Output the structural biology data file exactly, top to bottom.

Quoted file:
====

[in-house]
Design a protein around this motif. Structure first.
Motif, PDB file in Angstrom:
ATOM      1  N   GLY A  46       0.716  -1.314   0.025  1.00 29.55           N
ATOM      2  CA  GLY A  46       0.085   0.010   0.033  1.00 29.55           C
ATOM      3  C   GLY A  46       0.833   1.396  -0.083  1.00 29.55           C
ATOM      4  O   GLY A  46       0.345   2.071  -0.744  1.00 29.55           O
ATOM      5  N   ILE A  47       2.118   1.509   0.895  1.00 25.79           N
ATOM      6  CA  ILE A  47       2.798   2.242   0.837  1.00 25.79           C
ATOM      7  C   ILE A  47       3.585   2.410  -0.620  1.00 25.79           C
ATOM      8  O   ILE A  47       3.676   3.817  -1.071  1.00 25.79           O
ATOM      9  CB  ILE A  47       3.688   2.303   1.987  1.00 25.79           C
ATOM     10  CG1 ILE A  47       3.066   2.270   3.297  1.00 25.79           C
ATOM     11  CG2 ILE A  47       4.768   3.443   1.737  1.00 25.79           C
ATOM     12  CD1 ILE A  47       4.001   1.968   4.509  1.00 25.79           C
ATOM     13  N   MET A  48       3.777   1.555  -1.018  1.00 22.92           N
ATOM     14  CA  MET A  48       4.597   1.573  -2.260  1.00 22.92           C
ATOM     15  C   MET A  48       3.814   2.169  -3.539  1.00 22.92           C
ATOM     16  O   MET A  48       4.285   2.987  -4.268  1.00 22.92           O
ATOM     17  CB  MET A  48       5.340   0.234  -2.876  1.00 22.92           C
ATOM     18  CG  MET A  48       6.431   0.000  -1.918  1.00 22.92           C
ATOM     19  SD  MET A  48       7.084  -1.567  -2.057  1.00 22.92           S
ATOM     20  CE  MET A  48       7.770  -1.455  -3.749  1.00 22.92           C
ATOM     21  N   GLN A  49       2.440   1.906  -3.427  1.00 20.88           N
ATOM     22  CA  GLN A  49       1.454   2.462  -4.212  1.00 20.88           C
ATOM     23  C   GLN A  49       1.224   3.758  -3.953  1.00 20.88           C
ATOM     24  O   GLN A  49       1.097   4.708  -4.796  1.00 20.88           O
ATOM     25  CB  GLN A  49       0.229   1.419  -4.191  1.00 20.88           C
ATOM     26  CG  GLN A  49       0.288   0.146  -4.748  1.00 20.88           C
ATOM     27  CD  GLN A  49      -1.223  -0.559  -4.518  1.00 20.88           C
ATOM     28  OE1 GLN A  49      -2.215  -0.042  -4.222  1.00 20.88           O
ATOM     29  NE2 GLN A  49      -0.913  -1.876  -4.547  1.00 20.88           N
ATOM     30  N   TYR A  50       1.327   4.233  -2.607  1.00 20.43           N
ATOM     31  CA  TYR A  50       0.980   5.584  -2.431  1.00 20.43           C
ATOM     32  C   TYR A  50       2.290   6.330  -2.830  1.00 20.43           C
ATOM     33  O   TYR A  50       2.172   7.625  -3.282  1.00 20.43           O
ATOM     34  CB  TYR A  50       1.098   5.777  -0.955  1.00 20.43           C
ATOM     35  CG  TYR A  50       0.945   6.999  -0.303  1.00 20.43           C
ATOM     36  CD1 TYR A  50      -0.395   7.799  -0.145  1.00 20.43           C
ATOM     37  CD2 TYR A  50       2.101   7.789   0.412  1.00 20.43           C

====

[in-house]
Design a protein around this motif. Structure first.
Motif, PDB file in Angstrom:
ATOM      1  N   GLY A  46       0.716  -1.314   0.025  1.00 29.55           N
ATOM      2  CA  GLY A  46       0.085   0.010   0.033  1.00 29.55           C
ATOM      3  C   GLY A  46       0.833   1.396  -0.083  1.00 29.55           C
ATOM      4  O   GLY A  46       0.345   2.071  -0.744  1.00 29.55           O
ATOM      5  N   ILE A  47       2.118   1.509   0.895  1.00 25.79           N
ATOM      6  CA  ILE A  47       2.798   2.242   0.837  1.00 25.79           C
ATOM      7  C   ILE A  47       3.585   2.410  -0.620  1.00 25.79           C
ATOM      8  O   ILE A  47       3.676   3.817  -1.071  1.00 25.79           O
ATOM      9  CB  ILE A  47       3.688   2.303   1.987  1.00 25.79           C
ATOM     10  CG1 ILE A  47       3.066   2.270   3.297  1.00 25.79           C
ATOM     11  CG2 ILE A  47       4.768   3.443   1.737  1.00 25.79           C
ATOM     12  CD1 ILE A  47       4.001   1.968   4.509  1.00 25.79           C
ATOM     13  N   MET A  48       3.777   1.555  -1.018  1.00 22.92           N
ATOM     14  CA  MET A  48       4.597   1.573  -2.260  1.00 22.92           C
ATOM     15  C   MET A  48       3.814   2.169  -3.539  1.00 22.92           C
ATOM     16  O   MET A  48       4.285   2.987  -4.268  1.00 22.92           O
ATOM     17  CB  MET A  48       5.340   0.234  -2.876  1.00 22.92           C
ATOM     18  CG  MET A  48       6.431   0.000  -1.918  1.00 22.92           C
ATOM     19  SD  MET A  48       7.084  -1.567  -2.057  1.00 22.92           S
ATOM     20  CE  MET A  48       7.770  -1.455  -3.749  1.00 22.92           C
ATOM     21  N   GLN A  49       2.440   1.906  -3.427  1.00 20.88           N
ATOM     22  CA  GLN A  49       1.454   2.462  -4.212  1.00 20.88           C
ATOM     23  C   GLN A  49       1.224   3.758  -3.953  1.00 20.88           C
ATOM     24  O   GLN A  49       1.097   4.708  -4.796  1.00 20.88           O
ATOM     25  CB  GLN A  49       0.229   1.419  -4.191  1.00 20.88           C
ATOM     26  CG  GLN A  49       0.288   0.146  -4.748  1.00 20.88           C
ATOM     27  CD  GLN A  49      -1.223  -0.559  -4.518  1.00 20.88           C
ATOM     28  OE1 GLN A  49      -2.215  -0.042  -4.222  1.00 20.88           O
ATOM     29  NE2 GLN A  49      -0.913  -1.876  -4.547  1.00 20.88           N
ATOM     30  N   TYR A  50       1.327   4.233  -2.607  1.00 20.43           N
ATOM     31  CA  TYR A  50       0.980   5.584  -2.431  1.00 20.43           C
ATOM     32  C   TYR A  50       2.290   6.330  -2.830  1.00 20.43           C
ATOM     33  O   TYR A  50       2.172   7.625  -3.282  1.00 20.43           O
ATOM     34  CB  TYR A  50       1.098   5.777  -0.955  1.00 20.43           C
ATOM     35  CG  TYR A  50       0.945   6.999  -0.303  1.00 20.43           C
ATOM     36  CD1 TYR A  50      -0.395   7.799  -0.145  1.00 20.43           C
ATOM     37  CD2 TYR A  50       2.101   7.789   0.412  1.00 20.43           C